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Book2075
@book2075

Posts: 9
Joined: Jul 07, 2016

Toenail removal aftercare or soaking for ingrown toenails

Posted by @book2075, Jul 4, 2017

I wanted to post this information for people dealing with Toenail pain or recovering from Toenail removal surgery.
Supplies:
1 inch or 2inch small gauze rolls
Iodine Solution or Peroxide
Pain-free wrap tape (First Aid Tape)
White paper tape ( First Aid Tape)
Foot Bucket
Epsom Salt ( Foot care aisle)

Soak the foot in a bath of warm water and Epsom Salt for 15 minutes twice a day for three to five days. It helps to soak the foot three times a day if the toenail bed dries out and cause you given greater pain. If it really hurts, quickly dunk the foot in the water three times for the first three days.

Place a cap full of Iodine of Peroxide on the wound rinse the germs off the wound.
Wrap gauze around the toe a couple of times.
Tape with white paper tape.
Wrap with pain-free wrap tape to keep gauze in place.
Cover wrap tape with paper tape to keep the bandage in place.
Wear extra large sock or spa sock to keep foot warm.

The pain will be a 6 or 7 on the pain scale for about a week. The first 72 hours is the worst. My podiatrist says it takes a month for the toenail bed to heal and form a protective layer of thin skin.

REPLY

@book2075, thank you for sharing information about tonenail removal aftercare. I don’t think I have come across this sort of information on Connect in my team, it is interesting.

If you don’t mind me making an assumption, have you gone through toenail removal surgery? If so, what was the root cause of needing the surgery? I imagine that walking without a toenail could be rather painful, how did you manage with that part of the aftercare?

book2075 Thanks for the information. On my foot I had a toenail that was pushing into the middle toe and causing it to bleed. My podiatrists decided to remove the toenail from the tow that was causing the problem. That has been several years ago and since then I have had no problems, nor have I had any problems with the toe that had the toenail removed. I had though that it’s removal might have given me more problems, but it didn’t and I am glad I had it done. 19lin

My Doctor told me to leave his bandage that he put on for 1 week and he would remove it at his office . Also to shower with bags on my feet so as not to get feet wet . I hope this is correct ?

@njb54

My Doctor told me to leave his bandage that he put on for 1 week and he would remove it at his office . Also to shower with bags on my feet so as not to get feet wet . I hope this is correct ?

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@njb54 yes that is correct I had toenail removed and same instructions from my Dr.Don't get dressing wet infection possibly could set in I just sponged of ,put Plastic bags On feet tightly so water does,it get on the foot let Dr take it off then you can soak in Epsom Salts or just warm water dry and put gauze on.Do as Dr.says

@njb54

My Doctor told me to leave his bandage that he put on for 1 week and he would remove it at his office . Also to shower with bags on my feet so as not to get feet wet . I hope this is correct ?

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Toe continues to bleed slightly thru bandage for the last four days . Is that normal?

@njb54

My Doctor told me to leave his bandage that he put on for 1 week and he would remove it at his office . Also to shower with bags on my feet so as not to get feet wet . I hope this is correct ?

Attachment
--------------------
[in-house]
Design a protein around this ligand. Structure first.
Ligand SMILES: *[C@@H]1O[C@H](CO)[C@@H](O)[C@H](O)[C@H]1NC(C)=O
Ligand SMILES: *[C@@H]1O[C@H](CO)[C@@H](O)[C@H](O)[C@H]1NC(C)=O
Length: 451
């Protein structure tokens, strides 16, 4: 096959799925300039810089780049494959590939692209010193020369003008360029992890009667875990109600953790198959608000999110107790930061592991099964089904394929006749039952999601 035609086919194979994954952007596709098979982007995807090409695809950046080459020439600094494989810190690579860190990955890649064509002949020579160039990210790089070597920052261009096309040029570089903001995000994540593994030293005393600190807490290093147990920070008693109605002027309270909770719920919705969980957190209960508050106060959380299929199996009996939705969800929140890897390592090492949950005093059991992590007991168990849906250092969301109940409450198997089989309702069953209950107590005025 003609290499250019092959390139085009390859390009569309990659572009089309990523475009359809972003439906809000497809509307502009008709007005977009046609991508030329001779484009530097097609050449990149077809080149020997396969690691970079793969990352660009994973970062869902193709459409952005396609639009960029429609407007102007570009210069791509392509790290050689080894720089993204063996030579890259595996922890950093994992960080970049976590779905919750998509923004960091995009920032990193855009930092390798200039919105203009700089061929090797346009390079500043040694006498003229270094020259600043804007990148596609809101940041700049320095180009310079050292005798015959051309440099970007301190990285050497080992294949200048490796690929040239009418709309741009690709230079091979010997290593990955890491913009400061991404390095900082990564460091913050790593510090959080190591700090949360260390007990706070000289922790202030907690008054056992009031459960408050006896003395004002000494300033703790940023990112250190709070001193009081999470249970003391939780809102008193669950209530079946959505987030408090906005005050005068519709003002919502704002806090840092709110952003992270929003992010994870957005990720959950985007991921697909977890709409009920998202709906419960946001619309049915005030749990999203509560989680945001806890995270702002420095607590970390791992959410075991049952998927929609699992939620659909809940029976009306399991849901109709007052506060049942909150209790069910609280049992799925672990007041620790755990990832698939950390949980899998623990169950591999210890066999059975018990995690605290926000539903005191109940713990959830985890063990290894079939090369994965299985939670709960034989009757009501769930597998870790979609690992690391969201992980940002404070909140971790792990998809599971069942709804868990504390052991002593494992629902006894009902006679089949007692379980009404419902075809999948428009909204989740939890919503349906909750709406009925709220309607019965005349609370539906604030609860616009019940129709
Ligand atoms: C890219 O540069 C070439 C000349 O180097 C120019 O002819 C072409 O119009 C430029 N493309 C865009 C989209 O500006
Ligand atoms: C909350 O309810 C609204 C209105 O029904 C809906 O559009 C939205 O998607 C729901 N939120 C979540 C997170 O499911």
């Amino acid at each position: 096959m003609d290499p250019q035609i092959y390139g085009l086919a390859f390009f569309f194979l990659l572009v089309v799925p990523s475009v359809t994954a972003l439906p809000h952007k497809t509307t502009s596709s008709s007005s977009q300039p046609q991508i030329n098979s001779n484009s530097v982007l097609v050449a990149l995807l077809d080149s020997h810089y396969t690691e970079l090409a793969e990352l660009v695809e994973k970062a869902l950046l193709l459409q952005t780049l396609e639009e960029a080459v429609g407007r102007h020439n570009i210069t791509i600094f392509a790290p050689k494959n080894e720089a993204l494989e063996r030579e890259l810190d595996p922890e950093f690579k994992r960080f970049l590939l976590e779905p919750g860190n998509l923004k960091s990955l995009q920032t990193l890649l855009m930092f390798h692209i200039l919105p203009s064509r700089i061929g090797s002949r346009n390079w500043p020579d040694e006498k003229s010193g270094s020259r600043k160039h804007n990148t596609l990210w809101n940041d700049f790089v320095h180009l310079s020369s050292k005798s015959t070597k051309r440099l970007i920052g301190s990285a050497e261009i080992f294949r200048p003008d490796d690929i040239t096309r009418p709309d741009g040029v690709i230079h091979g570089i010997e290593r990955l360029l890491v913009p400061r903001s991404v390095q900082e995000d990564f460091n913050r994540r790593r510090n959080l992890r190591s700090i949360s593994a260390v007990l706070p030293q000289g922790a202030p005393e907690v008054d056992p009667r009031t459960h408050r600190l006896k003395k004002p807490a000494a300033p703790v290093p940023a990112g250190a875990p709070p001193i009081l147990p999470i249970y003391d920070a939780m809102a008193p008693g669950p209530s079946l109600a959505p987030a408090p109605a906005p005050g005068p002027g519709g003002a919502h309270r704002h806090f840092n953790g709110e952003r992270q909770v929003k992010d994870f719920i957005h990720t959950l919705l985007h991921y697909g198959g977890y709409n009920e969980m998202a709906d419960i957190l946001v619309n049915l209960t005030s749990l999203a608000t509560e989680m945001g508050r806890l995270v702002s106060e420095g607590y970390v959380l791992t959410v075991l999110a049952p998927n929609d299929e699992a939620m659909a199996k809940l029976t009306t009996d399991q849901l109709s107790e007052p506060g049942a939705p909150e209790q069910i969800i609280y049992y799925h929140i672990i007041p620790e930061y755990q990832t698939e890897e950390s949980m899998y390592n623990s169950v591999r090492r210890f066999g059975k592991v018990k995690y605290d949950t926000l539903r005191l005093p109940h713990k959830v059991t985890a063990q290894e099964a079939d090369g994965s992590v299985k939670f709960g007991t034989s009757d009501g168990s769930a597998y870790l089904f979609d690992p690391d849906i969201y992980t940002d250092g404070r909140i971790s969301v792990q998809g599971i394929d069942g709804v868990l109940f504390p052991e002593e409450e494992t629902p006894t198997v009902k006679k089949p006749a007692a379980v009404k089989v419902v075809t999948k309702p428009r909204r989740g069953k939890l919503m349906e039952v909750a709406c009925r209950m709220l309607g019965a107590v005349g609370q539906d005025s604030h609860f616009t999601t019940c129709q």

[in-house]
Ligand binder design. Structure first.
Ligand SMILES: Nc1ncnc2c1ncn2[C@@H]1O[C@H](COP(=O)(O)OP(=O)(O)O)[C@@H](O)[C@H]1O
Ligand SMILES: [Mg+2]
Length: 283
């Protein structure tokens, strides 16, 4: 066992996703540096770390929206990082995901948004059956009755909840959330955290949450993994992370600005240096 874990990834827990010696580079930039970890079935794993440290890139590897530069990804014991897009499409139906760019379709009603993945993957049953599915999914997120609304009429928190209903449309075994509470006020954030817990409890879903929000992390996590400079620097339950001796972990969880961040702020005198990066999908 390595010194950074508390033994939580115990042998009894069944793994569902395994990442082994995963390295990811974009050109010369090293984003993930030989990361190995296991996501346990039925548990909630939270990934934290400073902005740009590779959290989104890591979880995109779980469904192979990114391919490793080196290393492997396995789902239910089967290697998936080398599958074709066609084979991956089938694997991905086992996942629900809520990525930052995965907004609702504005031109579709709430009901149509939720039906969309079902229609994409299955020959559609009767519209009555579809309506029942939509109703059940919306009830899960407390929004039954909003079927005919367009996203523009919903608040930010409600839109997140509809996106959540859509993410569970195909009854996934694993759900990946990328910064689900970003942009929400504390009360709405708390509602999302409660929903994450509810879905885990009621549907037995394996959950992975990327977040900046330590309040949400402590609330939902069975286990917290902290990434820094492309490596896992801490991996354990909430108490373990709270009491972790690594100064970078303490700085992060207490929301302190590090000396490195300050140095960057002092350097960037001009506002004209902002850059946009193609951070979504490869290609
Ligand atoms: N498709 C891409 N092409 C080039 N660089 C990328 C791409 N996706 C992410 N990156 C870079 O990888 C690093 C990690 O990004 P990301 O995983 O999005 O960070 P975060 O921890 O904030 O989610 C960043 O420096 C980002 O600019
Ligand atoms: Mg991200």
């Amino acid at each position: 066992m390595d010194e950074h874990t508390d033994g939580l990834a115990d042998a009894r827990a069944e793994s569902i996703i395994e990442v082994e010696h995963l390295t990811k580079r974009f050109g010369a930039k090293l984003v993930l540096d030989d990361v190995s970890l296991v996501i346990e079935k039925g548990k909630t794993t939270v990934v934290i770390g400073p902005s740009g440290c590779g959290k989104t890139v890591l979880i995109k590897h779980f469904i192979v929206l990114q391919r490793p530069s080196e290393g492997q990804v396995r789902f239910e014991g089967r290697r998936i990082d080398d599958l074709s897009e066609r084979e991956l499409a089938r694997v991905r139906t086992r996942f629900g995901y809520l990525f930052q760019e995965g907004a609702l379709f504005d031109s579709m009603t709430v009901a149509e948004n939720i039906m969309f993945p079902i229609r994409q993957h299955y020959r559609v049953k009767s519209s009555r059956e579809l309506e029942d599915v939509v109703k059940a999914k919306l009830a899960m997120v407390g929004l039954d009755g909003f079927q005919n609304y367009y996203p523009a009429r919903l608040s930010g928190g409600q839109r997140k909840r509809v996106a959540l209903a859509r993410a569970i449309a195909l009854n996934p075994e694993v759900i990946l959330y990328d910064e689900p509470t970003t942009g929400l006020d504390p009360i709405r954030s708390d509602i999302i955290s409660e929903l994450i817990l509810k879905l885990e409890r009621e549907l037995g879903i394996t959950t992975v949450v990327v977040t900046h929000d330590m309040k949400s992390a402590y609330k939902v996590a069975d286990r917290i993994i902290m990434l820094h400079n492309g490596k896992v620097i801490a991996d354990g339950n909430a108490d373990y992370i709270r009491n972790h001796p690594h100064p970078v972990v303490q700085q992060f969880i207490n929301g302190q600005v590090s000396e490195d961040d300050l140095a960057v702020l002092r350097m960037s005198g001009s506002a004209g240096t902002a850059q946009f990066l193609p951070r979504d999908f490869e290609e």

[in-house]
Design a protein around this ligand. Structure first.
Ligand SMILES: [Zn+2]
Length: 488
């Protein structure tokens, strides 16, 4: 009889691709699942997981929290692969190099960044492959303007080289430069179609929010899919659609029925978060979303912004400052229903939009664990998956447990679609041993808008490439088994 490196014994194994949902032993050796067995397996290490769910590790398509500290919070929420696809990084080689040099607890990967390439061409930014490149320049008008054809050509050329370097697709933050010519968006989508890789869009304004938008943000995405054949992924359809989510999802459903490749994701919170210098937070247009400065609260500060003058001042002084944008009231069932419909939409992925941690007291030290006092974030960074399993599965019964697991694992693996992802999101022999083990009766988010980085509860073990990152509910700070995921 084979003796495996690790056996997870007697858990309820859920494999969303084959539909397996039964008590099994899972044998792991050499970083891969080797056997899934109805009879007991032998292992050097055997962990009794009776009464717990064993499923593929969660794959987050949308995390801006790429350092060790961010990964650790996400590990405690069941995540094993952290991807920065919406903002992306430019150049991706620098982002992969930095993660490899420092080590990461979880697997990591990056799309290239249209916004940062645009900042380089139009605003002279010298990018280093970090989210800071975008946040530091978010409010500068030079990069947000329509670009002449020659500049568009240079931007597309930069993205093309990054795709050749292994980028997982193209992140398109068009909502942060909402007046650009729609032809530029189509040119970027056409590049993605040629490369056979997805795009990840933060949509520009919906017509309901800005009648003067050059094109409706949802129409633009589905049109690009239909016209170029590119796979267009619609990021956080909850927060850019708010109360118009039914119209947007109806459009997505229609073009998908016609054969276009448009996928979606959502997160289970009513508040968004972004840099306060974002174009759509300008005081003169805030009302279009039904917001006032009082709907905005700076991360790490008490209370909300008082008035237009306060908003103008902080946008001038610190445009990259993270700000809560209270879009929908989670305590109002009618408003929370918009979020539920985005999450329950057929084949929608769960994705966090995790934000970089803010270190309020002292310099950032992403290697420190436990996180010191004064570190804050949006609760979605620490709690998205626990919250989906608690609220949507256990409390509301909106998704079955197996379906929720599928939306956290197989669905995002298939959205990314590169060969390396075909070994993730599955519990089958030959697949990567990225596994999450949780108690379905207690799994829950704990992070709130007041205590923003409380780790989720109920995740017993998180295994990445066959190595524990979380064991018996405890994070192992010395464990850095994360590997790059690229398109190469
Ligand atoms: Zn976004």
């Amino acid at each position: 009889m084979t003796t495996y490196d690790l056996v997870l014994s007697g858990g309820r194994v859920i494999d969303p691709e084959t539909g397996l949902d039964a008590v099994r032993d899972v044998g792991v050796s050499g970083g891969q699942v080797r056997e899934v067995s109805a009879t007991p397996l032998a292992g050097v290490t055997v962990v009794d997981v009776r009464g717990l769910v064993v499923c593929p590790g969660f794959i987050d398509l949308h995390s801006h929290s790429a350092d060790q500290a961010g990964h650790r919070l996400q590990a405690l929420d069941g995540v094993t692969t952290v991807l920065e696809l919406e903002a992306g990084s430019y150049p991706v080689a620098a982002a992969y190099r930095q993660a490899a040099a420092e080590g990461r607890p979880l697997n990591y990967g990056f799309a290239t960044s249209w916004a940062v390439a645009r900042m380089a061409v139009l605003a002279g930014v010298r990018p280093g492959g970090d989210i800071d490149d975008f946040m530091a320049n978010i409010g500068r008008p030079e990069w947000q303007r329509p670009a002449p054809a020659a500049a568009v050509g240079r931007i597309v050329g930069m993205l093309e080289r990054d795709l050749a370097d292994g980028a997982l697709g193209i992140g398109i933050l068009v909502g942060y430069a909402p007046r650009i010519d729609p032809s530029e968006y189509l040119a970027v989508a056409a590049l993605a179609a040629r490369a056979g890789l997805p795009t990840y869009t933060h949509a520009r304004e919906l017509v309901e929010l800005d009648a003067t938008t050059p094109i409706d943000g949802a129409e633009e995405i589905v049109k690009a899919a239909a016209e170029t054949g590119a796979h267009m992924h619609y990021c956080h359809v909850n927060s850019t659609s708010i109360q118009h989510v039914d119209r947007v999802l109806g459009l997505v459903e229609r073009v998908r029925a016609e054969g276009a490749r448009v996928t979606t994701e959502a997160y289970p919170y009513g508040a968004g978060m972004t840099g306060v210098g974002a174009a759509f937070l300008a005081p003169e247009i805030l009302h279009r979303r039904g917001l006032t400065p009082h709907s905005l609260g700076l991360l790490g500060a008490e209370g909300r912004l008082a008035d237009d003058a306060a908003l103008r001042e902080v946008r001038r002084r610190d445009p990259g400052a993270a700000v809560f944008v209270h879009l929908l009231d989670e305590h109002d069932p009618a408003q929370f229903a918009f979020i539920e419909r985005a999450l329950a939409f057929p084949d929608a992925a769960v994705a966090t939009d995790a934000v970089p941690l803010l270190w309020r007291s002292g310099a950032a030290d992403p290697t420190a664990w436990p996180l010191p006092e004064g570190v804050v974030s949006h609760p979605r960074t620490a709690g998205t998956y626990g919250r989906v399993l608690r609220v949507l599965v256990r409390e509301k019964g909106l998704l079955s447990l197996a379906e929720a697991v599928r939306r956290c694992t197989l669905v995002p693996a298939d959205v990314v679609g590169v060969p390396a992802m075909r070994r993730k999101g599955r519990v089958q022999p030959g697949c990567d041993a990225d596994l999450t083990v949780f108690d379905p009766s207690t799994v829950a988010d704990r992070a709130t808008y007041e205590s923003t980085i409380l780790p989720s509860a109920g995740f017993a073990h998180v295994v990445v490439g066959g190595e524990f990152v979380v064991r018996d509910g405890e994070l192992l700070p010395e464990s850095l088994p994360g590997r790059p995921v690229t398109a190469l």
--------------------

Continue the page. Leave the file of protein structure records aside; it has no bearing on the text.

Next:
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@njb54 yes it should slack off by time you get to Dr should be done when,s your appt?

@JustinMcClanahan

@book2075, thank you for sharing information about tonenail removal aftercare. I don’t think I have come across this sort of information on Connect in my team, it is interesting.

If you don’t mind me making an assumption, have you gone through toenail removal surgery? If so, what was the root cause of needing the surgery? I imagine that walking without a toenail could be rather painful, how did you manage with that part of the aftercare?

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I recently had both of my big toe nails removed. I had chemo back in 2012 ( I am 67 yrs. old today) and had lost all of my fingernails and toenails. They all grew back healthy and normal with exception of the two big toenails. They grew back thick, at an odd angle and were horribly painful. My logic is that as a child I dropped a heavy metal dresser drawer on the left toe and then in my 30s I dropped some canned goods and they landed on my right toe. I am thinking the trauma of those events may of caused some damage unlike my fingers and other toe nails. Just a thought. Regardless they became very painful, so thick that a Dremel drill was needed to trim them and they looked like I had a snail shell on my toe. I have neuropathy in my feet due to the chemo also so it was a constant discomfort. I am very happy having them removed and could almost immediately feel relief. I had one done and two weeks later had the other one removed. They are healing nicely and of course have had some tender moments but not really painful. It has been a month today for the first one and both are on track for a healthy healing. The after care was soaking twice a day with Epsom salt or Dial liquid soap and warm water for 20 minutes. Then bandage with Neosporin for two full weeks. After that the soaking stopped and I was to apply Betadine and leave them uncovered as much as possible unless I had a shoe on and then was told to wear a band aid for protection. That has worked well. I go back in four weeks and I am assuming I will have no further daily treatments at that time. I can assure you I am being careful to not drop anything on them at this point. To answer your question about walking with out the nails, I walked completely normal from day one but found it was a relief to do the soaking treatments. Having the toes bandaged, plus wearing socks and shoes was bit of a crowded feeling. It is a relief to take the socks and shoes off and wear a slipper while being at home.